2. What inspired you to write "Skylight" and can you give us a glimpse into the story and its themes?

The simplest answer to the question about inspiration is my kids. I started off wanting to write a book to teach them Thai since we don’t really speak it at home. I hoped it would help them remember the language better if I wove it into a story where the characters used Thai throughout. While I never explicitly use the word Thai in Skylight, I intentionally incorporated Thai names, traditions, and simple phrases into the book as a means of introducing my culture to the reader.

SKYLIGHT follows the journey of twelve-year-old Sofia Luana and her best friend Cara Felicity as they find themselves in Tropos, a magical Mehk kingdom in the sky, after their first flight ever from Colorado Springs to Los Angeles. The girls encounter a crazy shapeshifting bunny octopus who wants to kidnap them, a trio of winged warriors who save them, and an evil sorceress out to destroy the Royal family of Tropos, which apparently includes Sofia! It’s a twist on the chosen one trope with Sofia as our reluctant hero. We follow her journey of coming to terms with who she is and who she wants to be in the face of danger, betrayal, and war. The book deals with themes of identity, self-discovery, friendship, family, and ultimately, how we define good and evil.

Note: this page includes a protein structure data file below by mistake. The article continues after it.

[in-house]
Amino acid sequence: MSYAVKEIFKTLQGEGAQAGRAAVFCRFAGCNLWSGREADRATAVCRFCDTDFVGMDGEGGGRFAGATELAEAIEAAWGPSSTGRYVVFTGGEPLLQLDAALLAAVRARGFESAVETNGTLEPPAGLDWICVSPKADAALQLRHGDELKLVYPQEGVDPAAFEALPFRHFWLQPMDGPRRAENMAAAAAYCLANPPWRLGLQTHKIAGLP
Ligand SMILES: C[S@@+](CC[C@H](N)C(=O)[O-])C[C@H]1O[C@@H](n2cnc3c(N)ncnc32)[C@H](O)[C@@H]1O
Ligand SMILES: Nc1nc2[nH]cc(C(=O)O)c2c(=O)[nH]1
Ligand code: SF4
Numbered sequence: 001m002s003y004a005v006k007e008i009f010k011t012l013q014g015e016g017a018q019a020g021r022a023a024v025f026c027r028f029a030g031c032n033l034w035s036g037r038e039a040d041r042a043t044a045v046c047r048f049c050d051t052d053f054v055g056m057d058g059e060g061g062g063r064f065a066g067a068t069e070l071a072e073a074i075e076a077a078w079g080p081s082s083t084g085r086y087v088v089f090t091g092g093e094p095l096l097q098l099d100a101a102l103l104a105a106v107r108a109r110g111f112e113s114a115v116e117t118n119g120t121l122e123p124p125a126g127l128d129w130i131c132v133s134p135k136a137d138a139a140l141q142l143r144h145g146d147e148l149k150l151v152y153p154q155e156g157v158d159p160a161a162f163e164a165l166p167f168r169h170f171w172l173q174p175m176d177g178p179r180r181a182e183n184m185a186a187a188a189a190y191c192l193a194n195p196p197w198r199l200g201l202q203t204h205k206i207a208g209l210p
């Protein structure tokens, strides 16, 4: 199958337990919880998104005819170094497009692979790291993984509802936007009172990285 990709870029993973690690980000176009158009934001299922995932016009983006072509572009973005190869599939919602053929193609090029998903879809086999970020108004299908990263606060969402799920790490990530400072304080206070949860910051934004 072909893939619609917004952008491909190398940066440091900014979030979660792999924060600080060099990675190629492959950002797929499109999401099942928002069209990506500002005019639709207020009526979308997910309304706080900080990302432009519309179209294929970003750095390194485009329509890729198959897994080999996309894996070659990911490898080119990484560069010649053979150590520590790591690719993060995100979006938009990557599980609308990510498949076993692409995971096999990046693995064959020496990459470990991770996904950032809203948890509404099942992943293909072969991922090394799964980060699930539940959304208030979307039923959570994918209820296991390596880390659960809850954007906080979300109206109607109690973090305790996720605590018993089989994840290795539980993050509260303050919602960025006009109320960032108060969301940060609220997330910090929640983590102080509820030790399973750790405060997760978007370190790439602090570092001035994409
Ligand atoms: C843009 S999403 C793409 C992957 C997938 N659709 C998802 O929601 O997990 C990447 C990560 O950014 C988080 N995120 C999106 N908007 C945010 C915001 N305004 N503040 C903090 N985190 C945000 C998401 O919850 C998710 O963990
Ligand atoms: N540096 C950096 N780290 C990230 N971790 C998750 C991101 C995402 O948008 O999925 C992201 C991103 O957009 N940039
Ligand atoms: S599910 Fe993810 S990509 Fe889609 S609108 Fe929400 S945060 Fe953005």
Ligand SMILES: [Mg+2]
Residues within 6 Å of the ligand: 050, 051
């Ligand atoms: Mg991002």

3. As a Thai-American author, do you feel your cultural background influences your writing? If so, in what ways?